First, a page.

Noah found them both outside the University hospital’s east-wing elevators. The early morning light filtered through the stained-glass windows beneath the lobby atrium’s vaulted ceiling, bestowing a halo around them. The sight of his colleagues buoyed his spirits. All he had to do was get through these last few months of internship. Then he’d be able to start practicing more of the medicine he wanted to practice, like bringing free HIV testing to the homeless population. Once they got through internship, they’d become people again instead of indentured servants of the hospital.
From her rumpled scrubs and frizzier-than-usual red hair, Colleen’s call night had been no better than his. They’d been so swamped with admissions he’d hardly seen his co-intern all night. She mumbled to herself, shuffling her index cards. Her freckles stood out on her paler-than-usual face, making her appear even younger than her age, which was somewhere in her mid-twenties. Internship had given the opposite gift to Noah—premature aging. At twenty-eight, gray hairs already sprouted at his temples. Perhaps the only thing he’d inherited from his father, according to his mom, at least.
He closed his eyes and pressed his fingers to them. His father had been too much on his mind of late. The staff calling him “doctor” only spiked his lifelong anxiety about not measuring up. After all, Noah hadn’t yet earned the long white coat of a second-year resident.
It was those damn boxes his mom had asked him to help move last weekend out of the attic of her historic, steep-gabled home on Queen Anne hill. The boxes where he’d discovered his father’s old journal. The journal he’d never known existed and had spontaneously grabbed, tossing it in his car even though he told himself he’d never read it. It would be a waste of time —
Noah dropped his hand from his eyes.
Harper didn’t wait for an answer before pressing the elevator button. By unspoken agreement, they only allowed themselves the luxury of passive motion in the depths of post-call morning exhaustion—when they’d been on duty over twenty-four hours straight and still had twelve hours to go.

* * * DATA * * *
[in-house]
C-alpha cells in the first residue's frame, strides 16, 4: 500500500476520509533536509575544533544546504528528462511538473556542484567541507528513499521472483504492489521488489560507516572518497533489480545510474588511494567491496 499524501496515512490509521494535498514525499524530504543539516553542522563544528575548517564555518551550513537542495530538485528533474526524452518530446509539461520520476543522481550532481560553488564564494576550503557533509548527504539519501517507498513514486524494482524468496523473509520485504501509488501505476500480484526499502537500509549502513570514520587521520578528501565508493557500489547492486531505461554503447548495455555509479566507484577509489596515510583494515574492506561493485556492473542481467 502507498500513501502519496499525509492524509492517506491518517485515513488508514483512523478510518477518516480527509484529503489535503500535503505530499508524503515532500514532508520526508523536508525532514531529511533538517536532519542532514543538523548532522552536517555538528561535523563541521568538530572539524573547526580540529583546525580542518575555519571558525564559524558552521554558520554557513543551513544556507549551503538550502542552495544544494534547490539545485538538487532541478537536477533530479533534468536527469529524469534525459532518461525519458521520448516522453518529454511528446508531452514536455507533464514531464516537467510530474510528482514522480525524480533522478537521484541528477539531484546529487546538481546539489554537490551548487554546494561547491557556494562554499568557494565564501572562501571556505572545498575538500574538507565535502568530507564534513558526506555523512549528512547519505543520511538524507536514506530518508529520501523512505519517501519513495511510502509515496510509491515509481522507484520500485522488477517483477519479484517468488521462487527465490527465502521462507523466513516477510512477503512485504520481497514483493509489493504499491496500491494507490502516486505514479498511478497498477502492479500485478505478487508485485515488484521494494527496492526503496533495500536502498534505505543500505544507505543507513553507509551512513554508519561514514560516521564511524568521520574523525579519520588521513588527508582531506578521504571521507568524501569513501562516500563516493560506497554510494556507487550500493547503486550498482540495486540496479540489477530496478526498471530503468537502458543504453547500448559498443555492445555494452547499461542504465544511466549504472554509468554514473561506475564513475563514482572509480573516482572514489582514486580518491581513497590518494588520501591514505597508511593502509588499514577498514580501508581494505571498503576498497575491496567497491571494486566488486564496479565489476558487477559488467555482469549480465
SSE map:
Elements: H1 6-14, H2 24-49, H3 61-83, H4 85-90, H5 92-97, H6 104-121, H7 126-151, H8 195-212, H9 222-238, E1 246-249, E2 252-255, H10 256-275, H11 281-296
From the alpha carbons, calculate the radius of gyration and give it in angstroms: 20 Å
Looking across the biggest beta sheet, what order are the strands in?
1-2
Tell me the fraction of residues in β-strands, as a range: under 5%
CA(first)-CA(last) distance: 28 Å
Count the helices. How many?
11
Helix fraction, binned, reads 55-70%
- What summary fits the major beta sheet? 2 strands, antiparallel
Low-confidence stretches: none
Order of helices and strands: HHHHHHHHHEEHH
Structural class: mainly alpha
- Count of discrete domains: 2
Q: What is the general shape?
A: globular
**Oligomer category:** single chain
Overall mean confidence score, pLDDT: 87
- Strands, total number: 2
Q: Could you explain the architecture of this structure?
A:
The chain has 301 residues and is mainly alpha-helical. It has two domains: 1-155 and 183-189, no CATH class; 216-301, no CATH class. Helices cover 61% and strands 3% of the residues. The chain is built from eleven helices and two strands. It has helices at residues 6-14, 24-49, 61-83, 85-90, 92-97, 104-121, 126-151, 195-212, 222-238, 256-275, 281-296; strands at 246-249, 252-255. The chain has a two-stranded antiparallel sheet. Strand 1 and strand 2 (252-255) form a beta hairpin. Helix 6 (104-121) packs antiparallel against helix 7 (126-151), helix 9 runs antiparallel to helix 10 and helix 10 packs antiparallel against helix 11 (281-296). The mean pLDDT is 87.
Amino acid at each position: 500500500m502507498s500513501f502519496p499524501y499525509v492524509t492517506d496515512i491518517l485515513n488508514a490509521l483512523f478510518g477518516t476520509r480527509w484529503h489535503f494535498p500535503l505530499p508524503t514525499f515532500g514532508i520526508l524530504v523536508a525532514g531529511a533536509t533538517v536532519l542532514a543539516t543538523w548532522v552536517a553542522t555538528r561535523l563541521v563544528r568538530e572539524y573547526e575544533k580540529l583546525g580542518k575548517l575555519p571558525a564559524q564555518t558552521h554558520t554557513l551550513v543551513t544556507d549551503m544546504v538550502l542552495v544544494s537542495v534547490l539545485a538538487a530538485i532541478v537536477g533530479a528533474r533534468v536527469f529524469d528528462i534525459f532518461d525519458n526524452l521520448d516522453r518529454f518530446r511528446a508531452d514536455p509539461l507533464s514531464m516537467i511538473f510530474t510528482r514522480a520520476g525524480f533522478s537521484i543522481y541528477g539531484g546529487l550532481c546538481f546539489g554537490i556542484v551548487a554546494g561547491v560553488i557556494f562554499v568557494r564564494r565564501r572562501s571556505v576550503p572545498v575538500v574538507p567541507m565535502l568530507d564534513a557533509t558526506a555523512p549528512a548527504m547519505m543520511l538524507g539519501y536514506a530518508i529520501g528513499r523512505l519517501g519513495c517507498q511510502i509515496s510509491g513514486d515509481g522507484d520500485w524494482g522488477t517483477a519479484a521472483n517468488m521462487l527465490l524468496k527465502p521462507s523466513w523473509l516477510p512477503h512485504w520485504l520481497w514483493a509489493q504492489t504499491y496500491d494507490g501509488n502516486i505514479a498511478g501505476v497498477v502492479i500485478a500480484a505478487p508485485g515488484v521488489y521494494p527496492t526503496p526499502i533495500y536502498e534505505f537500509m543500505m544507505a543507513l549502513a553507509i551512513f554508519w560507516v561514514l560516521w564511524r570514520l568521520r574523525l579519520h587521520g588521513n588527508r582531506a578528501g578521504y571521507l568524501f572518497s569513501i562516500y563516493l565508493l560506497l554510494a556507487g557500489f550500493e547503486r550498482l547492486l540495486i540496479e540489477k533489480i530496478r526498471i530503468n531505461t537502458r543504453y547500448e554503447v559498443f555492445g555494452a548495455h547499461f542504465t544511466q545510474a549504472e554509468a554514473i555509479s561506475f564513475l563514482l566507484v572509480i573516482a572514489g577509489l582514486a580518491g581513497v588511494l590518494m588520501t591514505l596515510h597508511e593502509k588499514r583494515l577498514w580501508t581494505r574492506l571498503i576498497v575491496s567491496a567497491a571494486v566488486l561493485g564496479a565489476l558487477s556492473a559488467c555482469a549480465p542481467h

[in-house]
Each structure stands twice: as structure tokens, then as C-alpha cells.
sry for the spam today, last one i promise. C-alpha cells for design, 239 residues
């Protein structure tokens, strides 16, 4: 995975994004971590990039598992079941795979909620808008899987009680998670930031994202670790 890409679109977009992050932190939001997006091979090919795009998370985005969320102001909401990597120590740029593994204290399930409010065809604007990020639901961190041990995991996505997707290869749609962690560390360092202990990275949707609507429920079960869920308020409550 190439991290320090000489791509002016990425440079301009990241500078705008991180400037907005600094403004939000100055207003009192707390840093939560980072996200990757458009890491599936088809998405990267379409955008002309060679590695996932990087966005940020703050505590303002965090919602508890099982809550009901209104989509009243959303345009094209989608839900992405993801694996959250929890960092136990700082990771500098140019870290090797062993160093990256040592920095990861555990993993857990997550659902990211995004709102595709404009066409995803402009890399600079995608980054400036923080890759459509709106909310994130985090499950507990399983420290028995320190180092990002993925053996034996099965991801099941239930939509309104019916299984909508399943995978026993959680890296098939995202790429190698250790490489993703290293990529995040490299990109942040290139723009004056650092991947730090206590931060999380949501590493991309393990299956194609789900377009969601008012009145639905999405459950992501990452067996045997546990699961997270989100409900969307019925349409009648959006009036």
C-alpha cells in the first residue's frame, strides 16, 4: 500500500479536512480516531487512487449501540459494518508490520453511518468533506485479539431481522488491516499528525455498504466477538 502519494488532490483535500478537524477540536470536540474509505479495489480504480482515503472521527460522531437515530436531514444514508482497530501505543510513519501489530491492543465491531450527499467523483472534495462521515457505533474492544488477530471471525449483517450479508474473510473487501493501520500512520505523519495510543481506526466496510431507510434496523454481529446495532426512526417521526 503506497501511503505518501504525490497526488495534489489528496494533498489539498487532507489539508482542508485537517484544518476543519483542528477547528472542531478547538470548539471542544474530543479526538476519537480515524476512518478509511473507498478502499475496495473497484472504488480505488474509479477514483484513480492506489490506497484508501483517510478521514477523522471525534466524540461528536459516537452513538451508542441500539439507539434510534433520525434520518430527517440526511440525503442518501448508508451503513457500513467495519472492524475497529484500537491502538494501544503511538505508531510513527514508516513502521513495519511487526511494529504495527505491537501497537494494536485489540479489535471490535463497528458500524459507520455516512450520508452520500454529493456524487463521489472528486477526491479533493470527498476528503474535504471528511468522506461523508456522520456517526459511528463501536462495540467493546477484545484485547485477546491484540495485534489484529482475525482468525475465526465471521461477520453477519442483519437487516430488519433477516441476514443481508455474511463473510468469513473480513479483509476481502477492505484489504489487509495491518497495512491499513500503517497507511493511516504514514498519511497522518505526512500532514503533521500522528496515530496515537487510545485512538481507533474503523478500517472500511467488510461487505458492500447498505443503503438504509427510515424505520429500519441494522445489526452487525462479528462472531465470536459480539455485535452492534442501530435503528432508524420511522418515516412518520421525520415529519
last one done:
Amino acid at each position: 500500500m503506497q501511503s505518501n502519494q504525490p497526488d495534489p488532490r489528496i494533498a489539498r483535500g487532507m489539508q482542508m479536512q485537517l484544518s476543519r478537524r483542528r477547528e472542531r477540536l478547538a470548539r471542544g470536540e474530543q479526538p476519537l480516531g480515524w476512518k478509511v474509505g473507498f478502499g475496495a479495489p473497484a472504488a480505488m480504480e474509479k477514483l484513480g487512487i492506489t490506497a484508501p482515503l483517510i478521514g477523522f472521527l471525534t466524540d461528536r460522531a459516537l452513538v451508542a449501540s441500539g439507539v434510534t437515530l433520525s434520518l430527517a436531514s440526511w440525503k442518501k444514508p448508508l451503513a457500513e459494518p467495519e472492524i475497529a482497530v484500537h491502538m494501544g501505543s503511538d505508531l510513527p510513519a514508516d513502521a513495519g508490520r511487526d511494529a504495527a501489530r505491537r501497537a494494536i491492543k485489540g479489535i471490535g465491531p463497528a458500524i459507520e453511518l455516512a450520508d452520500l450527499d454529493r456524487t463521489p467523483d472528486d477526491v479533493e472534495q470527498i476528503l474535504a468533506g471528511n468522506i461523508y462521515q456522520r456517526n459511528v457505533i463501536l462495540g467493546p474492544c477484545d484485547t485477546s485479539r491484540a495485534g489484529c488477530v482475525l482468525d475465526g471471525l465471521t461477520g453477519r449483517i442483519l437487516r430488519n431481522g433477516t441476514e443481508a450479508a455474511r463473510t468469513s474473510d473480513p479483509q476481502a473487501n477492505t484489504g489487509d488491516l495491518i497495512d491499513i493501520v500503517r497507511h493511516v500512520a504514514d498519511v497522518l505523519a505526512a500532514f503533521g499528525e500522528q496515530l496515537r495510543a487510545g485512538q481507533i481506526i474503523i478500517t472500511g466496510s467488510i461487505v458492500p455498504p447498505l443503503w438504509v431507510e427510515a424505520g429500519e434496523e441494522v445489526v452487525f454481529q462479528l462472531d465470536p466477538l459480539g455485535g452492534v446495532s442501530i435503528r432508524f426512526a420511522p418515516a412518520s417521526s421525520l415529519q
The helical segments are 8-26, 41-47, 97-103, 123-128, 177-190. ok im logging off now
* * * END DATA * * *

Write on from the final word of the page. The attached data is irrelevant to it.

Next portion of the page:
While they waited, Noah had to stop himself from attempting to smooth down some of Colleen’s wild hair. Instead, he held up his coffee, and they touched their paper cups together in a silent toast that acknowledged their mutual suffering. The last time he’d tried to touch Colleen’s hair had earned him the outrage of both the women on his team. He’d meant nothing by it, only he’d come to think of Colleen as the younger sister he’d never had and always wanted. He imagined the close bonds he and his co-interns had formed in the pressure-cooker of residency to be similar to siblings.
This past month on Harper’s service had been one of Noah’s most rewarding of the year. He’d found a mentor, instructor, big sister, and friend in her, all wrapped up in one. He didn’t want the month to end, as it would mean moving on to be assigned to a different R3.
Harper leaned close to speak in his ear in a low voice. “The announcements should come any day.”
Noah shot a glance toward Colleen, but she was fretting over her notes and didn’t appear to have heard. His heart rate sped up. Did everyone know how much he wanted an invitation to the prestigious Osler Society? Or only Harper, the first female member and arguably the most brilliant. Did her words mean he had a shot?
There was the national medical honor society, Alpha Omega Alpha, and then there was Dr. Artie Andrews’ Osler Society, or as it was known around the hospital, “the Society.”
Andrews had started it two decades ago, and it had attained near-mythical status at their university teaching hospital. Any intern or junior resident inducted into the Society would get their top fellowship or faculty placement choice. It had been no surprise to anyone when they’d inducted Harper as an intern.
But no one on the outside knew what actually transpired at their meetings. Noah had asked Harper once, but she’d only muttered, “Primum non nocere.”
“First do no harm?” Noah had asked. “But isn’t that what all of Medicine is about?”
“Yeah, but with Artie, it’s… different,” she had said and shrugged. “It’s hard to explain.”
Noah envisioned them all sitting around Andrews’ office, pontificating about the art of medicine and quoting Latin to each other. Pretentious academics. He’d rather let an E.R. nurse shove a 14-gauge I.V. in the back of his hand. But he wasn’t fooling himself. He wanted to be a part of it, more than anything. To belong. To prove it to the one person he never could. His father.
Excerpt from The Committee Will Kill You Now by JL Lycette. Copyright 2023 by JL Lycette. Reproduced with permission from JL Lycette. All rights reserved.
Jennifer / JL Lycette is a novelist, award-winning essayist, rural physician, wife, and mom. Mid-career, she discovered narrative medicine on her path back from physician burnout and has been writing ever since. She is an alumna of the 2019 Pitch Wars Novel Mentoring program. Her first novel, The Algorithm Will See You Now, was a 2023 SCREENCRAFT CINEMATIC BOOK COMPETITION FINALIST, 2023 READER’S FAVORITE BRONZE MEDAL WINNER in the Medical Thriller category, 2023 MAXY AWARD’S FINALIST – Thriller category, and 2023 PAGE TURNER AWARD’S FINALIST – Best Debut Novel category. The Committee Will Kill You Now is her second novel.